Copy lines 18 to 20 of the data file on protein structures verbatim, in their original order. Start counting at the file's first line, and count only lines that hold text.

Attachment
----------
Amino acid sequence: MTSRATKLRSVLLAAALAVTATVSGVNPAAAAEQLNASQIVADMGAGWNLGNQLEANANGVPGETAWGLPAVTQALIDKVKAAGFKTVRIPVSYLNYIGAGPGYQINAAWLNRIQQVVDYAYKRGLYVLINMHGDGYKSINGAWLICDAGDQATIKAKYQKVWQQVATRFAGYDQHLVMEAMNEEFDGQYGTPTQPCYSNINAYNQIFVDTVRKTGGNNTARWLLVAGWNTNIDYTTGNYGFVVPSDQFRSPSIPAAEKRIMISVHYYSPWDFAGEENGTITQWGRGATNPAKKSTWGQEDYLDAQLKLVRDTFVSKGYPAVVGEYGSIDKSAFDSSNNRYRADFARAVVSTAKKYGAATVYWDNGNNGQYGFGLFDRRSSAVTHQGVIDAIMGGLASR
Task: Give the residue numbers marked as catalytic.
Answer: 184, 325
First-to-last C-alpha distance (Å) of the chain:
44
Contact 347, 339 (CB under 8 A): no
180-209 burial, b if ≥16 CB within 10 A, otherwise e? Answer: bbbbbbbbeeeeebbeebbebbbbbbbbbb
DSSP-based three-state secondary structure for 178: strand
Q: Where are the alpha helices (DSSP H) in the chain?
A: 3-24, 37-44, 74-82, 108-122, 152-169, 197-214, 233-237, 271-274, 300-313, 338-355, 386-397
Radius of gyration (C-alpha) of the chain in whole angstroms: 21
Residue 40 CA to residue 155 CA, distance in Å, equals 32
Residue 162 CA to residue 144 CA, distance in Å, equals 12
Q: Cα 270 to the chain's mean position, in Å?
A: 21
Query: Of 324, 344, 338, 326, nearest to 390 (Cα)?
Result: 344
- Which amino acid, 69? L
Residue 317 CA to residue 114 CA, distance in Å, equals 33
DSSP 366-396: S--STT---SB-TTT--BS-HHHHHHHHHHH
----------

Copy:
- Which amino acid, 69? L
Residue 317 CA to residue 114 CA, distance in Å, equals 33
DSSP 366-396: S--STT---SB-TTT--BS-HHHHHHHHHHH